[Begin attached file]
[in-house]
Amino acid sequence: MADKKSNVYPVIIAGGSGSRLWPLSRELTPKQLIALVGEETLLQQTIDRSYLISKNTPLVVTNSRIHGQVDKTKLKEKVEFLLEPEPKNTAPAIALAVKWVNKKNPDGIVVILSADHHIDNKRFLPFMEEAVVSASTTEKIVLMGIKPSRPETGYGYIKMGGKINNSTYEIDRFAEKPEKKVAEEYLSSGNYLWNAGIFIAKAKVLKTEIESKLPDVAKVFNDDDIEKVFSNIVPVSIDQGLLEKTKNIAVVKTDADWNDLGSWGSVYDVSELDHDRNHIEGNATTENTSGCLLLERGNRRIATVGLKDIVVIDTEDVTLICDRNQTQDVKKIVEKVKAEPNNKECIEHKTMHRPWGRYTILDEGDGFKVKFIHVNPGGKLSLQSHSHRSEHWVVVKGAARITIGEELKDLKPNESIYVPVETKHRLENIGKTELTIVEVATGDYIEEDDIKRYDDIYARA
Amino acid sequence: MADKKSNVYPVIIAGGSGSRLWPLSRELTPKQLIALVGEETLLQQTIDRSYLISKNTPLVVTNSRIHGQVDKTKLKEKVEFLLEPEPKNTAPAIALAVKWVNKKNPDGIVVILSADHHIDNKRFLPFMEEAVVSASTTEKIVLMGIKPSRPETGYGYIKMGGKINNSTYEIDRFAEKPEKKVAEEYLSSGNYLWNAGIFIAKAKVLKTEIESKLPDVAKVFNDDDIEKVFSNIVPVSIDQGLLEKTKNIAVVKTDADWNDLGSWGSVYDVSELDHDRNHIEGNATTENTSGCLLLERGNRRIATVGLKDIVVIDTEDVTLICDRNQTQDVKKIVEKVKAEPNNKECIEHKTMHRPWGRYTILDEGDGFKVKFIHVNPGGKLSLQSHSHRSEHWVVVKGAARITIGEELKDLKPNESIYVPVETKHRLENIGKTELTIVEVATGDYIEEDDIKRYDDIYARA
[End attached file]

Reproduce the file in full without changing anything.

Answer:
[in-house]
Amino acid sequence: MADKKSNVYPVIIAGGSGSRLWPLSRELTPKQLIALVGEETLLQQTIDRSYLISKNTPLVVTNSRIHGQVDKTKLKEKVEFLLEPEPKNTAPAIALAVKWVNKKNPDGIVVILSADHHIDNKRFLPFMEEAVVSASTTEKIVLMGIKPSRPETGYGYIKMGGKINNSTYEIDRFAEKPEKKVAEEYLSSGNYLWNAGIFIAKAKVLKTEIESKLPDVAKVFNDDDIEKVFSNIVPVSIDQGLLEKTKNIAVVKTDADWNDLGSWGSVYDVSELDHDRNHIEGNATTENTSGCLLLERGNRRIATVGLKDIVVIDTEDVTLICDRNQTQDVKKIVEKVKAEPNNKECIEHKTMHRPWGRYTILDEGDGFKVKFIHVNPGGKLSLQSHSHRSEHWVVVKGAARITIGEELKDLKPNESIYVPVETKHRLENIGKTELTIVEVATGDYIEEDDIKRYDDIYARA
Amino acid sequence: MADKKSNVYPVIIAGGSGSRLWPLSRELTPKQLIALVGEETLLQQTIDRSYLISKNTPLVVTNSRIHGQVDKTKLKEKVEFLLEPEPKNTAPAIALAVKWVNKKNPDGIVVILSADHHIDNKRFLPFMEEAVVSASTTEKIVLMGIKPSRPETGYGYIKMGGKINNSTYEIDRFAEKPEKKVAEEYLSSGNYLWNAGIFIAKAKVLKTEIESKLPDVAKVFNDDDIEKVFSNIVPVSIDQGLLEKTKNIAVVKTDADWNDLGSWGSVYDVSELDHDRNHIEGNATTENTSGCLLLERGNRRIATVGLKDIVVIDTEDVTLICDRNQTQDVKKIVEKVKAEPNNKECIEHKTMHRPWGRYTILDEGDGFKVKFIHVNPGGKLSLQSHSHRSEHWVVVKGAARITIGEELKDLKPNESIYVPVETKHRLENIGKTELTIVEVATGDYIEEDDIKRYDDIYARA